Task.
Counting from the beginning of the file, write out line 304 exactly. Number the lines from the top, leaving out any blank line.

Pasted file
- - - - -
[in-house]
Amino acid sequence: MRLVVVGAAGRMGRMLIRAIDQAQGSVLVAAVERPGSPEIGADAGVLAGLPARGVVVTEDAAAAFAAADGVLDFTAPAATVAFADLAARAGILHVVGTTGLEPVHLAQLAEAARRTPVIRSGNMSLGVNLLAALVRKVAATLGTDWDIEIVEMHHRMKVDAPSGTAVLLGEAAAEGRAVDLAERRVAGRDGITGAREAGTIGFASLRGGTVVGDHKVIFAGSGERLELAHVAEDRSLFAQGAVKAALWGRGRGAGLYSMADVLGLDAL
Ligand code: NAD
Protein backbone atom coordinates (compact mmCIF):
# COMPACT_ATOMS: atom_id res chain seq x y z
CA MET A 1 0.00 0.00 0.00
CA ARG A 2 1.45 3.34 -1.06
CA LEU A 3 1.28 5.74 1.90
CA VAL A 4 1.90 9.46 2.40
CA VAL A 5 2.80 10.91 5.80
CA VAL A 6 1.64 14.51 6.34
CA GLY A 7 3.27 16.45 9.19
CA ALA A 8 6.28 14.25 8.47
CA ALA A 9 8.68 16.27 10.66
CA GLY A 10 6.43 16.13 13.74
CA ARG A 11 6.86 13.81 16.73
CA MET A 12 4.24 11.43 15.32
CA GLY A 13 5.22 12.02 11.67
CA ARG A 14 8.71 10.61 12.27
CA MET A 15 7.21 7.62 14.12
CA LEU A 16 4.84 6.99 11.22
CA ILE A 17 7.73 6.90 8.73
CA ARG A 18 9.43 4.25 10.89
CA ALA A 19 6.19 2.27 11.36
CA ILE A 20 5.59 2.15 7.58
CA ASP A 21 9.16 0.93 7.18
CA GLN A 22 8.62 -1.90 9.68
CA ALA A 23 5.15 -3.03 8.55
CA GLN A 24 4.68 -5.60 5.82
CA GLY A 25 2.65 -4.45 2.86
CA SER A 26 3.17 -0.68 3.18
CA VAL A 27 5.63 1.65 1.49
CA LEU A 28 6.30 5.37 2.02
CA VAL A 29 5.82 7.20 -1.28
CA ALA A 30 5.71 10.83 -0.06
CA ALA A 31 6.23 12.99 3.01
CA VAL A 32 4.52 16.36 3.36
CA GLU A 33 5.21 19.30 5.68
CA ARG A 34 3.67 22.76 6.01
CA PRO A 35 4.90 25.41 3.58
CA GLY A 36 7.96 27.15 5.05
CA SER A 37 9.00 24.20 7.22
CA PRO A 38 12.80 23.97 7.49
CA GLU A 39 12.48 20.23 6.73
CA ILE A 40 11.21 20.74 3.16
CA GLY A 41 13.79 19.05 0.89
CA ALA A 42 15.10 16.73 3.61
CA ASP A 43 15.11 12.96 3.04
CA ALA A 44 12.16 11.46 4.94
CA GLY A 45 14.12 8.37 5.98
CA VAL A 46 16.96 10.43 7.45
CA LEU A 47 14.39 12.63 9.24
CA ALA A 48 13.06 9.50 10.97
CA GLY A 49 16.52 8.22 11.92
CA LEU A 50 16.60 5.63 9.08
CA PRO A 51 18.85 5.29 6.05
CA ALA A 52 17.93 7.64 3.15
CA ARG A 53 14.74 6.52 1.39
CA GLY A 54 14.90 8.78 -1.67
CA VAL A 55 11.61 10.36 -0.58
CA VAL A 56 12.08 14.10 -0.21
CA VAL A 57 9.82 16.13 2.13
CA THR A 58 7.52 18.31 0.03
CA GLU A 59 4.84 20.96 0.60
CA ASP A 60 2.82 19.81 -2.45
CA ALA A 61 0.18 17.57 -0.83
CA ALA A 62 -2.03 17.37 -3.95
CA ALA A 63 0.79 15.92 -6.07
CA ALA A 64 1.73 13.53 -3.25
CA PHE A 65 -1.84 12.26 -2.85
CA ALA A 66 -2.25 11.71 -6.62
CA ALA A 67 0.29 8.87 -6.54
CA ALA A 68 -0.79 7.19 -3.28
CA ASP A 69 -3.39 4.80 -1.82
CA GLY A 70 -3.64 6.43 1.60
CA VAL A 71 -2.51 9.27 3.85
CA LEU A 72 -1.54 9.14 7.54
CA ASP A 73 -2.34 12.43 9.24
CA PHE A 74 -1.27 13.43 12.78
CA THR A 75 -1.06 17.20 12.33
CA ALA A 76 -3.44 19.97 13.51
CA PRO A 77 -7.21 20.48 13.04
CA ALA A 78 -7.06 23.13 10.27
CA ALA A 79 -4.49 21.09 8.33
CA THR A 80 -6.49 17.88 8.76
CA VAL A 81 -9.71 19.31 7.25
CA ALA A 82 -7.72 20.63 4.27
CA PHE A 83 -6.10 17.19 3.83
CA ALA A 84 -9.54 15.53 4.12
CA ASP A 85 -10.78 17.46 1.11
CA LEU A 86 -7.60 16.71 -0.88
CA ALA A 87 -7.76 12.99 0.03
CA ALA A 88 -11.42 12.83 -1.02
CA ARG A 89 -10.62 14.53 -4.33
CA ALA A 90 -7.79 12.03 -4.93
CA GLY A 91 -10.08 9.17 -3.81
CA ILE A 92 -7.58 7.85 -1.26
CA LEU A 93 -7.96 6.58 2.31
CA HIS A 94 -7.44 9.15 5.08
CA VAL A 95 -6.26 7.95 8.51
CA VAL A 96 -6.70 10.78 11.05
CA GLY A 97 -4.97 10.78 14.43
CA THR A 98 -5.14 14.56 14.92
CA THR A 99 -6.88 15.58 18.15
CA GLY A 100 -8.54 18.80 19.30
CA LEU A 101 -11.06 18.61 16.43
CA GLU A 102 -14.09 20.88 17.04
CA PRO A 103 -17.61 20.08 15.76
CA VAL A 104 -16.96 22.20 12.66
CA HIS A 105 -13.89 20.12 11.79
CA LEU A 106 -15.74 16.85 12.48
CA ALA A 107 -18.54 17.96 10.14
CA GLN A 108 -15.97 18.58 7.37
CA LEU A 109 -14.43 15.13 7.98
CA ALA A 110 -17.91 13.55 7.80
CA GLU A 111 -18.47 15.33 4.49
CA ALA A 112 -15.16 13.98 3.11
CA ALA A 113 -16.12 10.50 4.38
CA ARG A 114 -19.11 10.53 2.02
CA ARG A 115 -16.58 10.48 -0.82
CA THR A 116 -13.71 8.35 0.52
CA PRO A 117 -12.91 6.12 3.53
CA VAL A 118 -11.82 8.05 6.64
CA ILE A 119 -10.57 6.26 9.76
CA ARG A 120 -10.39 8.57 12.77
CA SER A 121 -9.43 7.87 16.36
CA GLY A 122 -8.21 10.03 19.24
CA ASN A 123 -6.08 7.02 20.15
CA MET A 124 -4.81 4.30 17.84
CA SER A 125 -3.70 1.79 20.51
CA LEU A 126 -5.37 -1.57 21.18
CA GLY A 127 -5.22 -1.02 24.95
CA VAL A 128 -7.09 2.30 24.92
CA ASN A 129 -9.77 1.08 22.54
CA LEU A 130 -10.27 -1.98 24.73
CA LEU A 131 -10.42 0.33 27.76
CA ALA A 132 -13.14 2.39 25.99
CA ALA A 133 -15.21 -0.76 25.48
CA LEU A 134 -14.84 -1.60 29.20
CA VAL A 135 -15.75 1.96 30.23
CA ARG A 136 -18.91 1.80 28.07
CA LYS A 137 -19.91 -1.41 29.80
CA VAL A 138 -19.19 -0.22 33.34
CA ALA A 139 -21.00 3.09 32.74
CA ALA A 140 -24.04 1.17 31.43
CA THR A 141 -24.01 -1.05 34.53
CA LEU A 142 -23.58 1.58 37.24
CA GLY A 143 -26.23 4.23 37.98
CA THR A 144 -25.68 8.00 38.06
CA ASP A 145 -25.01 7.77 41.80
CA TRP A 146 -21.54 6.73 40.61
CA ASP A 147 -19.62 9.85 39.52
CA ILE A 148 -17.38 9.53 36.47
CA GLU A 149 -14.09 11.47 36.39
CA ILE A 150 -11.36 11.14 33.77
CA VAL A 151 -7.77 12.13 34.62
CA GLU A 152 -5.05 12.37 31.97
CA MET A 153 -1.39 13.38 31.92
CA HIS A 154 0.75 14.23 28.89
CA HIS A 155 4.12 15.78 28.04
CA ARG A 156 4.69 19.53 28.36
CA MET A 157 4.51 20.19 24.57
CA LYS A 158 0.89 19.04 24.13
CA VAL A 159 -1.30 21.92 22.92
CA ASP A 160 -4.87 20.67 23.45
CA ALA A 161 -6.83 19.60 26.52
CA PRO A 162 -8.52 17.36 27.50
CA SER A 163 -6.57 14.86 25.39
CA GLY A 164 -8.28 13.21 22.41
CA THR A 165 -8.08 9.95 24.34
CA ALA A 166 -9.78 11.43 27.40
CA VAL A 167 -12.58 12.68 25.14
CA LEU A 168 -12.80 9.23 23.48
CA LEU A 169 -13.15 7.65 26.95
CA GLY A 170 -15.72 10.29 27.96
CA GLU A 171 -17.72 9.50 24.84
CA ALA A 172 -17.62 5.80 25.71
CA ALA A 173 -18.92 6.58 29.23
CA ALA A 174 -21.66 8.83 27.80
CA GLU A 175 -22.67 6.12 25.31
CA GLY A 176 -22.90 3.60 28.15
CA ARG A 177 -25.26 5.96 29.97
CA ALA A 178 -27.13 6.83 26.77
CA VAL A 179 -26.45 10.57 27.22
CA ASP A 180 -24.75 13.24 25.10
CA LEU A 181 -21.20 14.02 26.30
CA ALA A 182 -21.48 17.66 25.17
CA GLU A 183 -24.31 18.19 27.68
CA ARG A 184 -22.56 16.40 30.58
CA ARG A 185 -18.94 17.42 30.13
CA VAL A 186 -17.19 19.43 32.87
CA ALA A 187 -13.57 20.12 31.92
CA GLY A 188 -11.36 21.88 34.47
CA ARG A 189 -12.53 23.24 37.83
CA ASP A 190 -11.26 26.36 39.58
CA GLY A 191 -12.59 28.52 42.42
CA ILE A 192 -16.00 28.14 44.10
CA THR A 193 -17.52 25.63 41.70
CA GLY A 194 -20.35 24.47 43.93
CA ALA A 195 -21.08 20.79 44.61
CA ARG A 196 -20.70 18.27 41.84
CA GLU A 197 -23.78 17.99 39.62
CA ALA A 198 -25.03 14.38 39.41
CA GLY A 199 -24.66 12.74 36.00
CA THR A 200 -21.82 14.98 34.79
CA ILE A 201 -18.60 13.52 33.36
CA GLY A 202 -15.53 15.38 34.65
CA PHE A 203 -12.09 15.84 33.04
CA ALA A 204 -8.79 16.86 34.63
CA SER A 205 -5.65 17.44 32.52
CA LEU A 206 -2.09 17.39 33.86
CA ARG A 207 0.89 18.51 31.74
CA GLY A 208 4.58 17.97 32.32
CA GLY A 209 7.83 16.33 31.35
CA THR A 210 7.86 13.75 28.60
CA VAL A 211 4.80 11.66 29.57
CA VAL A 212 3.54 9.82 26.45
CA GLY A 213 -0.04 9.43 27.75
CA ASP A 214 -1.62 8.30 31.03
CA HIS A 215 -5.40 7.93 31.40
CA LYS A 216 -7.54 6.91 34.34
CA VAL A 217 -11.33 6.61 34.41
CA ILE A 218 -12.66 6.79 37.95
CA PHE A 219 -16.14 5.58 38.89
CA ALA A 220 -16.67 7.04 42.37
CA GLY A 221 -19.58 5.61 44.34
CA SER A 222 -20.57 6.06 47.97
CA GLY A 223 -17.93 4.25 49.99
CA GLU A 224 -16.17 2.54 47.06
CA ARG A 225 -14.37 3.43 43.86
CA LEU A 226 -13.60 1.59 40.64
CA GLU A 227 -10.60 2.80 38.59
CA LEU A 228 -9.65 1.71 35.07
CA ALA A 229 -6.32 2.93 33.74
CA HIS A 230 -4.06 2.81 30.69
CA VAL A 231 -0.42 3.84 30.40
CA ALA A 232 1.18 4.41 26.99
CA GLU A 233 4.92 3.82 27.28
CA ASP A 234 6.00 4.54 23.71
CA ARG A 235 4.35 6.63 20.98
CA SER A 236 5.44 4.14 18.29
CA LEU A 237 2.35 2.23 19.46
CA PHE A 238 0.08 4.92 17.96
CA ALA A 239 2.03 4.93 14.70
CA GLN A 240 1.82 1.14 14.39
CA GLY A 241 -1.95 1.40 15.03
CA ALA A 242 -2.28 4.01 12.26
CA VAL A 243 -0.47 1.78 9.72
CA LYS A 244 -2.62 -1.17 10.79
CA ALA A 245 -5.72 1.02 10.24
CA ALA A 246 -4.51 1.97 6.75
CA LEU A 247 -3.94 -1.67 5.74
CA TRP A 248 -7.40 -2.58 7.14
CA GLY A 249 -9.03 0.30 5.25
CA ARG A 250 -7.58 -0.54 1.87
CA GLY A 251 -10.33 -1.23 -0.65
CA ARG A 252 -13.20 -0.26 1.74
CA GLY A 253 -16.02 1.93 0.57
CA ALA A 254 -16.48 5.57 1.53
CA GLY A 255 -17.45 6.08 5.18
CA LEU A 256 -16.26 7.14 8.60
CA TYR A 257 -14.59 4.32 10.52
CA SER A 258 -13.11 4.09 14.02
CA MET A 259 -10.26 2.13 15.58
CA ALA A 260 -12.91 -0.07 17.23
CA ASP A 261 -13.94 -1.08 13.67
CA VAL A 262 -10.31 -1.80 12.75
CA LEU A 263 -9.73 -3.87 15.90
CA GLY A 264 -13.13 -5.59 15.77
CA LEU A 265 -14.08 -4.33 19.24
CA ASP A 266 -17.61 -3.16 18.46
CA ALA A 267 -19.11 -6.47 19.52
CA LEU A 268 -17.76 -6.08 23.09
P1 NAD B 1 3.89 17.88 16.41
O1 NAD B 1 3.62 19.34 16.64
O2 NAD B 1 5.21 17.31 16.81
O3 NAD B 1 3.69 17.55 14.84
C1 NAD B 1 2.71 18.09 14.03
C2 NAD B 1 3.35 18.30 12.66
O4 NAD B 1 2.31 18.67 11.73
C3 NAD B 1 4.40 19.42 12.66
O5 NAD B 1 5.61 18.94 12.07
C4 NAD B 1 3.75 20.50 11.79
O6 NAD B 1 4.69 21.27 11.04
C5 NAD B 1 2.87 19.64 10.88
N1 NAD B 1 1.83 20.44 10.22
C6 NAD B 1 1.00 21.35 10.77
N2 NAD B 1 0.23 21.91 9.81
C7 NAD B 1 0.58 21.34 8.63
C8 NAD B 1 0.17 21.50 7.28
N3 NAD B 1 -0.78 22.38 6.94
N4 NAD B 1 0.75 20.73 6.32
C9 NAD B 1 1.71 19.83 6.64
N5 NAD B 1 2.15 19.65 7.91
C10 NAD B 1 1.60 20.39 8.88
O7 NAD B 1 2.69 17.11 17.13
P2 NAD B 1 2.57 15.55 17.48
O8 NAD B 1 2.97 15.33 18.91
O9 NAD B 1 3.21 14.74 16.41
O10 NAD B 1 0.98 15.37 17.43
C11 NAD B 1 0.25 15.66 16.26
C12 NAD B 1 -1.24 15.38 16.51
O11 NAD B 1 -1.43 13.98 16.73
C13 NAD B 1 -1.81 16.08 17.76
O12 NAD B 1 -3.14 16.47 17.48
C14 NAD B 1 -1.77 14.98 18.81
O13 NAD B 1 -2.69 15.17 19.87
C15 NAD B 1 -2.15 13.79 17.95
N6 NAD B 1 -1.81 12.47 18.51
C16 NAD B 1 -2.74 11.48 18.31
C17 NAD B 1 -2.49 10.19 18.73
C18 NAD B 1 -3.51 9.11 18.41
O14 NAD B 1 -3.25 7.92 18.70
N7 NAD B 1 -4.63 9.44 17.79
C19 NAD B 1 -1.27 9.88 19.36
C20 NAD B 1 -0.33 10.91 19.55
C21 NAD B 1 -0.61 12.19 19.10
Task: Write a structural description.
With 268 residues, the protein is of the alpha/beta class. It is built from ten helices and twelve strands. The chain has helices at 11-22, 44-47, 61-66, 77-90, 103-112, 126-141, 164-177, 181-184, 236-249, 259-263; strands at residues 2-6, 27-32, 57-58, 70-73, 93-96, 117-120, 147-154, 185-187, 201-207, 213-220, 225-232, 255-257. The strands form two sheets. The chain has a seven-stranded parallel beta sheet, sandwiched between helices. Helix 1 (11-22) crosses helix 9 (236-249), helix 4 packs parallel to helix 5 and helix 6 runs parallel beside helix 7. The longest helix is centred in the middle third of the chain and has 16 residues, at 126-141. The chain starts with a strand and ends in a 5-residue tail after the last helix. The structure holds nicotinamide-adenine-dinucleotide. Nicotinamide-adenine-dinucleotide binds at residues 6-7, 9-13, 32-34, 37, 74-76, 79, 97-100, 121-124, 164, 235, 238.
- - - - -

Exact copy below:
C13 NAD B 1 -1.81 16.08 17.76